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American painter sees red in temple
by Phuong Anh
HA NOI — Once he entered the red door at the Temple of Literature, American painter Fred Harris encountered a cultural world of Viet Nam that has never ceased providing him with creative inspiration.
|American painter Fred Harris.|
His works, which combine his American art training, his long experience in his adopted home of Japan and his recent experiences in a Viet Nam he has "grown to love with a passion", are currently on display in the capital city.
"Living in Japan for over 40 years, I have become a completely bicultural person," Harris says. "Alongside this adopted home, Viet Nam has also become an inspiring land to me."
Harris first walked through the cultural gates of Viet Nam in Ha Noi two years ago. Since then, he has come back for more every few months.
|The red door of Van Mieu in Harris’ brush strokes.|
"My first visual experience was through the magnificent red door of Van Mieu, or the Temple of Literature, which has become a symbol of my feelings for Viet Nam," says Harris.
Harris first fell in love with Viet Nam through its art. He says Vietnamese art has an originality that has not been seized by the influence of Western artistic trends.
The artists here have a sincerity he says he can find nowhere else. "When you love the art, you will love the people who make the art," he says.
With guidance from his Vietnamese friends, Harris has visited places such as Hue, Hoi An, Ha Long Bay, My Son, Da Nang and numerous villages and pagodas in Ha Noi and its surrounding area.
Wherever he’s gone, he’s found places and people who within minutes have inspired him to sketch them in black sumi-e ink. The works are either left in this original colour or retouched with other hues.
Divided into two sections, Harris’ exhibition introduces the paintings he has created in Japan and Viet Nam. The medium of sumi-e creates a simple purity of dancing strokes and offers a big visual treat for the eyes.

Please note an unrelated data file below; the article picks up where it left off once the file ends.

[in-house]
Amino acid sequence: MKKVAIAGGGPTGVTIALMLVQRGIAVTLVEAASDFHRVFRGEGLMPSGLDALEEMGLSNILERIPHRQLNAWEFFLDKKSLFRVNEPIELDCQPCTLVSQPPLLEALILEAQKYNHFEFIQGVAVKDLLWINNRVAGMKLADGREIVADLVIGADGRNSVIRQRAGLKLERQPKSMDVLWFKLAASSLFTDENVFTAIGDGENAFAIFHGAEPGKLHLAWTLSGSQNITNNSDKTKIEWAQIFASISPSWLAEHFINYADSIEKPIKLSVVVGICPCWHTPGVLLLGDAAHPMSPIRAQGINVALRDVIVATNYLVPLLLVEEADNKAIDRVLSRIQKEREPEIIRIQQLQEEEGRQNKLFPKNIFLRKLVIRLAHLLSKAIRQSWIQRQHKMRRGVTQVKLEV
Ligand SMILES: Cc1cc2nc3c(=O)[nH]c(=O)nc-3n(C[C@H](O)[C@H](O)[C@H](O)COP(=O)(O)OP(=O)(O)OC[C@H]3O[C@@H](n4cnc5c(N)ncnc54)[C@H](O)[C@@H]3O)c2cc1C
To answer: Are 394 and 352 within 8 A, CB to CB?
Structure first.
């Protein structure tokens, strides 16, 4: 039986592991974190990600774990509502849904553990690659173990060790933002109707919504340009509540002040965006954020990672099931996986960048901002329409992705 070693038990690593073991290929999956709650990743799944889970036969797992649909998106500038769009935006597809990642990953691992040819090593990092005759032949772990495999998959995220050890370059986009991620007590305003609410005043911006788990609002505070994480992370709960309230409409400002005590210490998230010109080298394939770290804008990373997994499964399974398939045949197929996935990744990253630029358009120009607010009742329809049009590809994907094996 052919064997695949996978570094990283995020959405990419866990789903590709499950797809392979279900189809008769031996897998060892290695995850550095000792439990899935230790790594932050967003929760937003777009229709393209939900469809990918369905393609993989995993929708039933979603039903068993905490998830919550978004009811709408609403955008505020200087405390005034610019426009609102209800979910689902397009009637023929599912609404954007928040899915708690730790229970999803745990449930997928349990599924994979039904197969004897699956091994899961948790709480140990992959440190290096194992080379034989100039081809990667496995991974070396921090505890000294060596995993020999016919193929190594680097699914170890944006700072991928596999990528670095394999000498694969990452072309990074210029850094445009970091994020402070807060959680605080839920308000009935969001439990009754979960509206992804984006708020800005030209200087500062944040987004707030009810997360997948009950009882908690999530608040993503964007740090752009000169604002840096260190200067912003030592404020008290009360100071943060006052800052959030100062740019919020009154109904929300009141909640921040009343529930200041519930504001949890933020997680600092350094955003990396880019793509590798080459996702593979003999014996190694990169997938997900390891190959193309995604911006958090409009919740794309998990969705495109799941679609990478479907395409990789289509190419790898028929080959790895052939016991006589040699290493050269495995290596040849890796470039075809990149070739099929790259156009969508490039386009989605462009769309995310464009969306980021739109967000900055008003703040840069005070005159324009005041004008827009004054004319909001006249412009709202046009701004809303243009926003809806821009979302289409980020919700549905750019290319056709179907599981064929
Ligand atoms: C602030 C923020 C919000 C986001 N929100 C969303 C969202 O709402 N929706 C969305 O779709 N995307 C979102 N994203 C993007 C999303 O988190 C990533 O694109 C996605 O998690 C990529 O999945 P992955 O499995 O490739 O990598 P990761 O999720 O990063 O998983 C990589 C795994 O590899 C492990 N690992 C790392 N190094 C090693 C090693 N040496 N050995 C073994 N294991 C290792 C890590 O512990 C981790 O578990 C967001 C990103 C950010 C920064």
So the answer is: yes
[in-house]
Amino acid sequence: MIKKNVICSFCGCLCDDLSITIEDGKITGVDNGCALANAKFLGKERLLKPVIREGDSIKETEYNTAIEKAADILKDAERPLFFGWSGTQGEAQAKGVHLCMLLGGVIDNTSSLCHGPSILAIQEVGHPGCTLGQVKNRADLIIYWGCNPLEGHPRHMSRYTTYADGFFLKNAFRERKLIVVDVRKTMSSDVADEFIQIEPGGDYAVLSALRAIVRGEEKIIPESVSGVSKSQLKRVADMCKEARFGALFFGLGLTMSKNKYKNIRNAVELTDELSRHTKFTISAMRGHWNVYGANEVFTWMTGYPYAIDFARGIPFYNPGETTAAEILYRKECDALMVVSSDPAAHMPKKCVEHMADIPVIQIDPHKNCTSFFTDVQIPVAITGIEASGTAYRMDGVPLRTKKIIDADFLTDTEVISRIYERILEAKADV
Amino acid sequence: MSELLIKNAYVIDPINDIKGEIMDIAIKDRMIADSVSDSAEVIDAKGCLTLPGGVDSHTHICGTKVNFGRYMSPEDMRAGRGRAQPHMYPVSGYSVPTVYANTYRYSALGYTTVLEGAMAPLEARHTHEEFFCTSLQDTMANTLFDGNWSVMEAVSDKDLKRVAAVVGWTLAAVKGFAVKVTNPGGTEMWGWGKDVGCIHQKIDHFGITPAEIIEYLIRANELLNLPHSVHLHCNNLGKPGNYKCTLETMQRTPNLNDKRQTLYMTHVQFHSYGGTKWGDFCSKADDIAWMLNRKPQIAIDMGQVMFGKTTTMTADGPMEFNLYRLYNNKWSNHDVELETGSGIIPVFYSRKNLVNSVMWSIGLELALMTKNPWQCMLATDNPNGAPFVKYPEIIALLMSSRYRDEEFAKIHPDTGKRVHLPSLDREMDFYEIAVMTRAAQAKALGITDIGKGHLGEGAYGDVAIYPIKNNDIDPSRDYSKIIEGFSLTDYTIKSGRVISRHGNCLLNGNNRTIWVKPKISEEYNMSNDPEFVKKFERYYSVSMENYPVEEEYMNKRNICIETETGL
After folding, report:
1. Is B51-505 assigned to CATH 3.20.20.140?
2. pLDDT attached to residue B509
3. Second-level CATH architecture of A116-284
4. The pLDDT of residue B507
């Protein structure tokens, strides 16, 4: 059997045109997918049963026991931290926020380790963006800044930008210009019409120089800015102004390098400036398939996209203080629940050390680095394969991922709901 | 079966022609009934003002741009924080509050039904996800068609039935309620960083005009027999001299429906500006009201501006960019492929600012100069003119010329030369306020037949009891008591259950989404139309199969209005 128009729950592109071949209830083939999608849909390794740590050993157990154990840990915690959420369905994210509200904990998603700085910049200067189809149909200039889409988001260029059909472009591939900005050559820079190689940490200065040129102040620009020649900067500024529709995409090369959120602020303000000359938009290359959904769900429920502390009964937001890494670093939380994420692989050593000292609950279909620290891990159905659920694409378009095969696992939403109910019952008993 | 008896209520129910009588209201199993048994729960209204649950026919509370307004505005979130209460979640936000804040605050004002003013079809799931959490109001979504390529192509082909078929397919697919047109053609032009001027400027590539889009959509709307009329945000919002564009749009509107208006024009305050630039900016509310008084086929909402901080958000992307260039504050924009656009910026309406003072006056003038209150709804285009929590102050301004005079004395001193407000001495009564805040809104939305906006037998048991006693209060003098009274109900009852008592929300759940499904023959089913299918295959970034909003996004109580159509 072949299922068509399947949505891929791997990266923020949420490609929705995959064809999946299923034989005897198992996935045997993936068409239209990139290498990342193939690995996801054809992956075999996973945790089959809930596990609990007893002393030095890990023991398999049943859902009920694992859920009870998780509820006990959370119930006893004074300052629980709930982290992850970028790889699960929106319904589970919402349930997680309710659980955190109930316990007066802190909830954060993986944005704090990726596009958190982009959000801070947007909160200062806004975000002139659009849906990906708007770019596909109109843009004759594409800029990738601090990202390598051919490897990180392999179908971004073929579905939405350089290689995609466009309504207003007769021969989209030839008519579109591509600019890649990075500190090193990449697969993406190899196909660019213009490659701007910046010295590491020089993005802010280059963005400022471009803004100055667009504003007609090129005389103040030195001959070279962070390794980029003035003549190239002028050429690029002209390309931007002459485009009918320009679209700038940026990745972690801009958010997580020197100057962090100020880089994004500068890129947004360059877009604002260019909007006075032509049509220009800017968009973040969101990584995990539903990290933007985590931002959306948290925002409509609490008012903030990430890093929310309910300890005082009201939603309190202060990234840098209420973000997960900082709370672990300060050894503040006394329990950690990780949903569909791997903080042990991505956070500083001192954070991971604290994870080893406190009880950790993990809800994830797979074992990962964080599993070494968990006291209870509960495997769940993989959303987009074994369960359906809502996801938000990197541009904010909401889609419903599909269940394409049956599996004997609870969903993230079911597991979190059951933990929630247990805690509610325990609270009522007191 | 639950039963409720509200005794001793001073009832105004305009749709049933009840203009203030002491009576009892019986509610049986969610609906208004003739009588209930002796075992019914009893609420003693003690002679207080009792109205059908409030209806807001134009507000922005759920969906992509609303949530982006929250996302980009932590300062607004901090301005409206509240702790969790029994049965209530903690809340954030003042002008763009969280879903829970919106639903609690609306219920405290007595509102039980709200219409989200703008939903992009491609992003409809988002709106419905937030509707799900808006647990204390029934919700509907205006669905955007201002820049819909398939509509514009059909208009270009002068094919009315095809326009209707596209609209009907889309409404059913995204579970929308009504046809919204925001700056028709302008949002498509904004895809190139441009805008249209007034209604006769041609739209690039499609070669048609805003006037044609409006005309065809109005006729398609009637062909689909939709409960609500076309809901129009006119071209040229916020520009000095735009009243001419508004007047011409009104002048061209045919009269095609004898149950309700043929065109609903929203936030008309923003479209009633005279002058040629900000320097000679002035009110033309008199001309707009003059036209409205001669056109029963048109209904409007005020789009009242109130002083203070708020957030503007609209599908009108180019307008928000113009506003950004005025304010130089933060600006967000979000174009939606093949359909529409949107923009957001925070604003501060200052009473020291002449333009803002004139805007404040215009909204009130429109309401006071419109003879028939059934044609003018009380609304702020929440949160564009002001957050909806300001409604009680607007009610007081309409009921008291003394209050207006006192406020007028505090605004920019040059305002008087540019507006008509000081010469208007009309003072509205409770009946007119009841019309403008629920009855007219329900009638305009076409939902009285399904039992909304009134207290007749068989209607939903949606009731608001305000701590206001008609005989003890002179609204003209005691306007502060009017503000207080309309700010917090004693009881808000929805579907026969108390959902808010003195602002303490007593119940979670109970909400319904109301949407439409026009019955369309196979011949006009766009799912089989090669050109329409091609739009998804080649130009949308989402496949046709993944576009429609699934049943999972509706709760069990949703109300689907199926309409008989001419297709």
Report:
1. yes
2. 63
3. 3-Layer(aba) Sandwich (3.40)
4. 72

The Japanese section provides a glimpse of the magnificent Buddhist temples and shrines in Tokyo and other places. The spirit of the East Asian country’s people is also captured in a series of paintings by an American artist who has grown an Oriental soul.
The more recent paintings originating from the sketches Harris made during his travels through Viet Nam reflect his unique and impish vision of the country.
Sumi-e ink drawings are more than just a technique of applying ink to rice paper. The artist must strive to capture the essence of his subject, and translate it onto the paper or silk with deep feeling.
Calligraphy is the basis for the brush strokes of sumi-e, while simplicity is its most outstanding characteristic.
Born in New York in 1932, Harris studied art at several schools including the High School of Music and Art, the National Academy of Design in New York, and taught at the Art Centre School in Los Angeles before he joined the Japan Artists Association in 1964.
With his Japanese wife, Harris has lived in Japan for the past 45 years. Forever inspired by sumi-e paintings, he has written books on the art and judged exhibitions by modern sumi-e painters.
Since 2001, Harris has been a visiting professor at the Ha Noi Fine Art College.
Harris says that now he is 70, he wants to spend more time studying the art and literature of Viet Nam. He listens to Vietnamese folk music at his home in Japan to inspire him as he works on his paintings of Viet Nam, and he is a fan of contemporary Vietnamese literature and poetry.
Harris’ world of Viet Nam as seen through the red door can be viewed at the Ha Noi Fine Art College, 42 Yet Kieu Street, until October 31.
Reprinted with permission from VietNam News Agency.
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